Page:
GSA Connects 2021 in Portland, Oregon

Paper No. 3-8
Presentation Time: 10:10 AM


LINDSEY, Emily1, KENNEDY, Alana2, HERRICK, Imogen2, NYE, Benjamin3, DAVIS, Matt4, NELSON, David3, PORTER, Molly4, SWARTOUT, William3 and SINATRA, Gale2, (1)La Brea Tar Pits and Museum, Natural History Museums of Los Angeles County, 5801 Wilshire Blvd, Los Angeles, CA 90036, (2)Rossier School of Education, University of Southern California, Los Angeles, CA 90089, (3)Institute for Creative Technologies, University of Southern California, Los Angeles, CA 90094, (4)Natural History Museum of Los Angeles County, Los Angeles, CA 90007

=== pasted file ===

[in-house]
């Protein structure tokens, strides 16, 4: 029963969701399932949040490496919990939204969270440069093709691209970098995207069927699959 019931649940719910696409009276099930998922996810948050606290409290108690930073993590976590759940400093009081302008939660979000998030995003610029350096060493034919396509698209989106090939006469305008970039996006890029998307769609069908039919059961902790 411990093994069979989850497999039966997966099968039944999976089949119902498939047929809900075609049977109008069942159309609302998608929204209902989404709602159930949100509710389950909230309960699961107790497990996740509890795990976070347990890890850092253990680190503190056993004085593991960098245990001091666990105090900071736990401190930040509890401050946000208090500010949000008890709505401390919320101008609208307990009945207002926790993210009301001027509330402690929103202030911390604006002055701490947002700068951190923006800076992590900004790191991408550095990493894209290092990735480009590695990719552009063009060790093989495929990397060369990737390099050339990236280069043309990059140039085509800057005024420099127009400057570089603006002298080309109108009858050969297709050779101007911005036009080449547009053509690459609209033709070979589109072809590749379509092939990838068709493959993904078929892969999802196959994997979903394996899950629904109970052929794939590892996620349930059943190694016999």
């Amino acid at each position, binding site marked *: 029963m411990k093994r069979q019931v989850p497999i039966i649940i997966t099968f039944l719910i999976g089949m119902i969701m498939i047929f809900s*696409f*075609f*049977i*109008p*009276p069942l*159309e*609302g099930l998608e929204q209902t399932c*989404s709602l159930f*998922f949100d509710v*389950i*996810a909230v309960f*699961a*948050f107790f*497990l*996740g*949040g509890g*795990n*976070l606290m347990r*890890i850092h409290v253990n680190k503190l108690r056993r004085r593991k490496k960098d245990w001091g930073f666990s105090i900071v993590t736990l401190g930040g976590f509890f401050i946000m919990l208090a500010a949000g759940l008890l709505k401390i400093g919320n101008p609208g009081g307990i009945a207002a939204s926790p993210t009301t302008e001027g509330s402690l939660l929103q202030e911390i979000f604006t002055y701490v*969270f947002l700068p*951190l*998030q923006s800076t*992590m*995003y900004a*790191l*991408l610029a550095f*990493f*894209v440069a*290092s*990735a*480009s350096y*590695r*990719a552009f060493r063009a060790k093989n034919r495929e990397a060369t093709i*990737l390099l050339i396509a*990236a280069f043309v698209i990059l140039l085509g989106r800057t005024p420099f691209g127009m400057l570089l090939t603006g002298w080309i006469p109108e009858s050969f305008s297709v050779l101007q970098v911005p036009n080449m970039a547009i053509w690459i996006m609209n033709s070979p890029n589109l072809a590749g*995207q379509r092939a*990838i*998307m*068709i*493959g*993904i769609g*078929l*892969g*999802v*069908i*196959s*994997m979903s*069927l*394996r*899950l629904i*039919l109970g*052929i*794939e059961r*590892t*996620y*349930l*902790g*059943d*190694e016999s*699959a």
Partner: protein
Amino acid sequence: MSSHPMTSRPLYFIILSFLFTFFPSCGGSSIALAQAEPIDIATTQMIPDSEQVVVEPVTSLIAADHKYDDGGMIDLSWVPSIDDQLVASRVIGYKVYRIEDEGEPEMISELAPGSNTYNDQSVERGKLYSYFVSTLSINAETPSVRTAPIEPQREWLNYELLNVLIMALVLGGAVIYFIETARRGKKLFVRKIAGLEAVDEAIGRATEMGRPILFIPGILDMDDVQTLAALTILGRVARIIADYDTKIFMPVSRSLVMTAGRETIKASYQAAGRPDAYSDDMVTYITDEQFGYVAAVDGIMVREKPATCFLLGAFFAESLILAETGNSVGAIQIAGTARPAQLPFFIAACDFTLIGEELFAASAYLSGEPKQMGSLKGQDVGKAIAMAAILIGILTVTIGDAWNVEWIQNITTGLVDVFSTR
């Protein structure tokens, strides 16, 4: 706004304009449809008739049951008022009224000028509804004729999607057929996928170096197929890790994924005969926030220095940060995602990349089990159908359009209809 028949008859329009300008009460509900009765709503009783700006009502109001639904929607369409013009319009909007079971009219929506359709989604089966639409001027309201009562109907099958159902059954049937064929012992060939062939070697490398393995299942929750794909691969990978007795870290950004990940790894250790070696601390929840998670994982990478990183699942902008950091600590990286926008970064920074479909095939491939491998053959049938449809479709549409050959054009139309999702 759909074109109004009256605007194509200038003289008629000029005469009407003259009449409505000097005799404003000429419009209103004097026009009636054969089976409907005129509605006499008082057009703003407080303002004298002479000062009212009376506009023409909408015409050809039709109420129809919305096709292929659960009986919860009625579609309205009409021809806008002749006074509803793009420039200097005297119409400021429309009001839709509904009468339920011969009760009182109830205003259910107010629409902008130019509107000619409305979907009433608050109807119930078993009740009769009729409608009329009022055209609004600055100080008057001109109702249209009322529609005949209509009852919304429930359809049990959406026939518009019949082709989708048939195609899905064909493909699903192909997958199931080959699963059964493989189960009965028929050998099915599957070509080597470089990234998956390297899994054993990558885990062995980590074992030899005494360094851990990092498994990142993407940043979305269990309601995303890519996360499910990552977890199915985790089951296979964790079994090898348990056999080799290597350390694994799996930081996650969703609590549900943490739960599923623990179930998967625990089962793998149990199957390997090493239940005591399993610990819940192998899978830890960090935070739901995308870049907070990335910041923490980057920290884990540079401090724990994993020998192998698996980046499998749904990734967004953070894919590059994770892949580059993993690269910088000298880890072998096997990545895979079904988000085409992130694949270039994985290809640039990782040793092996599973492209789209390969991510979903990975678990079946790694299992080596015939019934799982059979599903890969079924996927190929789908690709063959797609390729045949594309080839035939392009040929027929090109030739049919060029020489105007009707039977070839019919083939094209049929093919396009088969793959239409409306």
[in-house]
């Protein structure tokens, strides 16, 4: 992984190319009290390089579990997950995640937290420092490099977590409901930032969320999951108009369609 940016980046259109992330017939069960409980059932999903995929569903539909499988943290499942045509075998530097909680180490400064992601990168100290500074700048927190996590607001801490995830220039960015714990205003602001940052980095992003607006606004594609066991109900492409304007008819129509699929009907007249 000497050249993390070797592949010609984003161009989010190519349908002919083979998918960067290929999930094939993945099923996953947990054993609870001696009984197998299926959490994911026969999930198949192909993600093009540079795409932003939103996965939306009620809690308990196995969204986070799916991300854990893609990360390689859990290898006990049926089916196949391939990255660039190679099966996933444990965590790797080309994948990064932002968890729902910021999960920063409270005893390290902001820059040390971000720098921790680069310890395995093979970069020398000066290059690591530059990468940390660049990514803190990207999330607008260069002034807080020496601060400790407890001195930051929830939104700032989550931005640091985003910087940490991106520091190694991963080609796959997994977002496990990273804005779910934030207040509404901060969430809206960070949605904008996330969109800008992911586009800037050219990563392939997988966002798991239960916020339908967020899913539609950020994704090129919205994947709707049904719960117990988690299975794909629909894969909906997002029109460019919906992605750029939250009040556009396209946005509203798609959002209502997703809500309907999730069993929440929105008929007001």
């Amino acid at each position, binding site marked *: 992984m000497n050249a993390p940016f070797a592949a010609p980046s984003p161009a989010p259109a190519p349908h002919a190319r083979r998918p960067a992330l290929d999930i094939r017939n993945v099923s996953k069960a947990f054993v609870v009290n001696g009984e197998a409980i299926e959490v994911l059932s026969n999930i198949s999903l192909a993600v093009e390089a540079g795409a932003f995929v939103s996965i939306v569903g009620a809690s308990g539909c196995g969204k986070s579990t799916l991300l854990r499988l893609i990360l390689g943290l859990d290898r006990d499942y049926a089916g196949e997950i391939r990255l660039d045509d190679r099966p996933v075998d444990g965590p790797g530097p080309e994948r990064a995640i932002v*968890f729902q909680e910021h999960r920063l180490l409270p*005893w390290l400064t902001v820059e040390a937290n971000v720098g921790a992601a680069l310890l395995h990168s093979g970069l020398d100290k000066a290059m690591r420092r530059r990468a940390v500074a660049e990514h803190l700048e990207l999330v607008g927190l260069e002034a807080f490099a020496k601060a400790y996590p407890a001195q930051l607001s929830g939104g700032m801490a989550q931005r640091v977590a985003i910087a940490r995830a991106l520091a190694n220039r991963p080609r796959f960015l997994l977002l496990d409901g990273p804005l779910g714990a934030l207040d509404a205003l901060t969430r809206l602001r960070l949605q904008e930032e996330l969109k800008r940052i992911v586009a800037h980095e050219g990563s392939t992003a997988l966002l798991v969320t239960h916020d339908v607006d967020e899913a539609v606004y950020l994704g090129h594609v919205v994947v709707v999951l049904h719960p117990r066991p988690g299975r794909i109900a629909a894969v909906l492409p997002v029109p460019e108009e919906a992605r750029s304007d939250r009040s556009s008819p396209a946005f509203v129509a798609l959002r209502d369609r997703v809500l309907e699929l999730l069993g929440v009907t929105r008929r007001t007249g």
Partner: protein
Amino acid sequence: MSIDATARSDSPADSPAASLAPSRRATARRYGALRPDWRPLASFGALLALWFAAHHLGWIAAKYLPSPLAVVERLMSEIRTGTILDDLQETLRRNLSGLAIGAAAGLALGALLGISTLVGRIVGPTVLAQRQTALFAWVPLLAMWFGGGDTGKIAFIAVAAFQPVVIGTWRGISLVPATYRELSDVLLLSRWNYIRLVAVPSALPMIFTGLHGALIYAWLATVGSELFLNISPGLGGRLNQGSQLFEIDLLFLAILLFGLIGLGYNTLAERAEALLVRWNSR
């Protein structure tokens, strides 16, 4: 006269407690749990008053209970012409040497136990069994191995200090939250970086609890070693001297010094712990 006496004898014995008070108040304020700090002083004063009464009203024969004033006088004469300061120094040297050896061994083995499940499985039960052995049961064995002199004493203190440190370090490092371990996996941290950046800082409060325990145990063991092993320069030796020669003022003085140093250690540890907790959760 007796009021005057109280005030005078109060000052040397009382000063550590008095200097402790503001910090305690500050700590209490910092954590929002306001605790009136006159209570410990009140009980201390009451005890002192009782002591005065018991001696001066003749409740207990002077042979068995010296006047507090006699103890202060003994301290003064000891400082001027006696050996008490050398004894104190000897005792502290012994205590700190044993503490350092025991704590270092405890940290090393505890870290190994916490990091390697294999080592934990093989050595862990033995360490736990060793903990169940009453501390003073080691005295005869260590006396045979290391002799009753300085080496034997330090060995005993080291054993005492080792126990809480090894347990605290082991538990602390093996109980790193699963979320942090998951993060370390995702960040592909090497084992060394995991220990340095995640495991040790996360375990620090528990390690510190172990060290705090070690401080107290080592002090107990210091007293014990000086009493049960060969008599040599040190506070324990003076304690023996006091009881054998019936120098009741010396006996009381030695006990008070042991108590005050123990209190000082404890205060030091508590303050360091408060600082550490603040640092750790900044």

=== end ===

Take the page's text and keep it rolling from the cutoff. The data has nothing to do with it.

Natural History Museums are increasingly leveraging immersive technologies (e.g., virtual reality, augmented reality, projection mapping) to provide visitors with novel experiences and augment scientific content in existing exhibits. However, little data currently exists as to how effective these technologies are at teaching scientific concepts, or even how enthusiastic museum visitors are to interface with these experiences. We designed and field-tested two mobile augmented reality (AR) experiences at La Brea Tar Pits (Rancho La Brea, California, USA) and studied how different degrees of immersion and interactivity impacted visitors’ engagement and understanding of science. We also studied how engagement and learning were related to visitors’ epistemic emotions about science and AR. Key scientific concepts we sought to teach through these experiences included: 1) the mechanics and frequency of entrapment in Rancho La Brea’s asphalt seeps; 2) the range of fossils preserved at Rancho La Brea; 3) what the environment at Rancho La Brea was like during the Pleistocene; and 4) how the scientific process works by revision of hypotheses based on new evidence. We found that participant knowledge of these scientific concepts increased significantly from pre-test to post-test across all conditions, including a baseline condition. In addition, participants expressed greater interest in science than in AR, and curiosity and surprise were strong predictors of knowledge revision, suggesting that exhibits that stimulate these emotions may be particularly successful at countering scientific misconceptions.